Listed Property – Tips on mortgaging

listed property mortgage hove east sussexLending For Listed Property

It may be a surprise to realise that many buyers don’t realise the property they are looking at acquiring is listed. For those that own property outright who then look to remortgage often only find out about it being listed someway down the line, usually after costs have been incurred.

This happens for many reasons, one of the most common is where a period property has been converted into separate flats. The original building or parts of it are often listed with the owner having paid little attention to it until they either remortgage or apply for planning.

Listed Status

In England there are three primary categories of listed property;

  • Grade I for buildings of the highest significance
  • Grade II*
  • Grade II

Most listed building owners are likely to live in a Grade II building as these make up 92% of all listed buildings.

Listed status means there will be extra control over what changes can be made to the building’s interior and exterior. Listed Building Consent will be required for most types of work that affect the ‘special architectural or historic interest’ of their property.

House for sale sign iconWhy Lenders Have Issues With Listed Property

Part of the reason is due to the issues highlighted above with regard the extra planning issues. The other significant issue surrounds the ability to sell.

When a lender takes possession of a property they are looking at the exit route. In 99% of cases this is sale to a third party. Lenders have concerns over the saleability of listed property, how easy it is to sell, how the restrictions limit the number of buyers and whether maintenance is required during the period between repossession and sale.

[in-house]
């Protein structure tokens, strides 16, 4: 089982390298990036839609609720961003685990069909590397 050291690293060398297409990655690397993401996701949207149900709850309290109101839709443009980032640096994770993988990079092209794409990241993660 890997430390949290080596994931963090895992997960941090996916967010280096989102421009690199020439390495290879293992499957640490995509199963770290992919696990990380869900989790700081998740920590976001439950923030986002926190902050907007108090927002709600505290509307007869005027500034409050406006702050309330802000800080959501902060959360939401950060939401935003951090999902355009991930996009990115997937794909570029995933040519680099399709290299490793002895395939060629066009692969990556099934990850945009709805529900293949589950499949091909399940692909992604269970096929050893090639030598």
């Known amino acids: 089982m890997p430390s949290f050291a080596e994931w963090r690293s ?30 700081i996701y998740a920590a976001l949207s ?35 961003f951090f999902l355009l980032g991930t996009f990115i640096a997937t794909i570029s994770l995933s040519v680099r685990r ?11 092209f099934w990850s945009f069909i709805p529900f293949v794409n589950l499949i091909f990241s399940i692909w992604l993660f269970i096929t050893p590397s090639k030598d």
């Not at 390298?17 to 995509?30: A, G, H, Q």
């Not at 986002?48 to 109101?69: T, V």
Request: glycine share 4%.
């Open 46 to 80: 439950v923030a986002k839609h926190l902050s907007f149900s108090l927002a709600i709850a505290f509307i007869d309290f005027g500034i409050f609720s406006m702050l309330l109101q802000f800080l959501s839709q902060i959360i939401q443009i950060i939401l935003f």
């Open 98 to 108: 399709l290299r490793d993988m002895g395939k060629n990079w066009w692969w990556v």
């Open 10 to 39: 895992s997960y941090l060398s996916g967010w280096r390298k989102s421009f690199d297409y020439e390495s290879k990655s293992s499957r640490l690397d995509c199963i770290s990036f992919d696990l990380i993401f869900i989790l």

As a result most lenders will have a policy concerning listed property, in most cases this is along the lines of;

  • Grade I – Little or no appetite to lend
  • Grade II* – More limited pool of lenders who will look at on a case by case basis
  • Grade II – More lenders in this bracket although the valuer comments will have a bigger impact on the mortgage approval

The worst case is when a mortgage application is progressed, legals and surveys undertaken only for the listed status to come to light and the lender decline.

Best Practice

When it comes to either buying new property or remortgaging then there are a few key things to do at the outset which can save time and money later on.

  1. Check the property register. Historic England has a register you can search which will show what property and what parts of any property are listed, along with the relevant parts and restrictions. This is free to use and provides the information you need at the very outset
  2. Check the lender policy. If you are applying for a mortgage and know your property is in some way listed then check with the lender as to what their policy is. If you can supply details of what the listed elements are then they can normally let you know what they will and will not lend for. There is normally always an option somewhere

In short, check the register, check the lender policy and do both at the outset, before you pay for any legal work or surveyor fees.

Any questions or if you are struggling to find a lender that will work with the property you have then get in touch.

By Dave Farmer

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